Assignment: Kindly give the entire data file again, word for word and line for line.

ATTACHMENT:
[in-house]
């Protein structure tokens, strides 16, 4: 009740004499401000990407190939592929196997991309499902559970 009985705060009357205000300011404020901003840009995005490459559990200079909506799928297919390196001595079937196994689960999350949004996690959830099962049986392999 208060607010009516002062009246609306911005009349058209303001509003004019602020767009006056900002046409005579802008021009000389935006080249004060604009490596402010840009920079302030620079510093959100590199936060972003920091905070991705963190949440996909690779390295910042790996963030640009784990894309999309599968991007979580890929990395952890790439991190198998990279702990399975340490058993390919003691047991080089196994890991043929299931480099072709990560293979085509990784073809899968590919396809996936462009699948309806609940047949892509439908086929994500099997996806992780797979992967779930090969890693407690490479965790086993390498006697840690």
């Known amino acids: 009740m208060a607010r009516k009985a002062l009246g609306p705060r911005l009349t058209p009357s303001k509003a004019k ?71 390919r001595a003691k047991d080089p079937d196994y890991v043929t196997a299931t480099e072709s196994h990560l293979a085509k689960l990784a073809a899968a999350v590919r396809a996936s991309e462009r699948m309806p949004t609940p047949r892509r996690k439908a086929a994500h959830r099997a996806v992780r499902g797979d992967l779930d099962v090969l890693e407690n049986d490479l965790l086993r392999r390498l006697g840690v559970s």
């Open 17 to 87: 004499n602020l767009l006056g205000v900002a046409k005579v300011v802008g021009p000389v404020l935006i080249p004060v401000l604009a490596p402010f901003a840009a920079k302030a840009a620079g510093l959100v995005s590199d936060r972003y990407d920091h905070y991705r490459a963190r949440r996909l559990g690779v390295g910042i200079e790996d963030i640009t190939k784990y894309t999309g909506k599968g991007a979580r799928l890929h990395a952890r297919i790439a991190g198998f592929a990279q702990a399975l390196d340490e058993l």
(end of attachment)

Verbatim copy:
[in-house]
């Protein structure tokens, strides 16, 4: 009740004499401000990407190939592929196997991309499902559970 009985705060009357205000300011404020901003840009995005490459559990200079909506799928297919390196001595079937196994689960999350949004996690959830099962049986392999 208060607010009516002062009246609306911005009349058209303001509003004019602020767009006056900002046409005579802008021009000389935006080249004060604009490596402010840009920079302030620079510093959100590199936060972003920091905070991705963190949440996909690779390295910042790996963030640009784990894309999309599968991007979580890929990395952890790439991190198998990279702990399975340490058993390919003691047991080089196994890991043929299931480099072709990560293979085509990784073809899968590919396809996936462009699948309806609940047949892509439908086929994500099997996806992780797979992967779930090969890693407690490479965790086993390498006697840690």
């Known amino acids: 009740m208060a607010r009516k009985a002062l009246g609306p705060r911005l009349t058209p009357s303001k509003a004019k ?71 390919r001595a003691k047991d080089p079937d196994y890991v043929t196997a299931t480099e072709s196994h990560l293979a085509k689960l990784a073809a899968a999350v590919r396809a996936s991309e462009r699948m309806p949004t609940p047949r892509r996690k439908a086929a994500h959830r099997a996806v992780r499902g797979d992967l779930d099962v090969l890693e407690n049986d490479l965790l086993r392999r390498l006697g840690v559970s």
């Open 17 to 87: 004499n602020l767009l006056g205000v900002a046409k005579v300011v802008g021009p000389v404020l935006i080249p004060v401000l604009a490596p402010f901003a840009a920079k302030a840009a620079g510093l959100v995005s590199d936060r972003y990407d920091h905070y991705r490459a963190r949440r996909l559990g690779v390295g910042i200079e790996d963030i640009t190939k784990y894309t999309g909506k599968g991007a979580r799928l890929h990395a952890r297919i790439a991190g198998f592929a990279q702990a399975l390196d340490e058993l």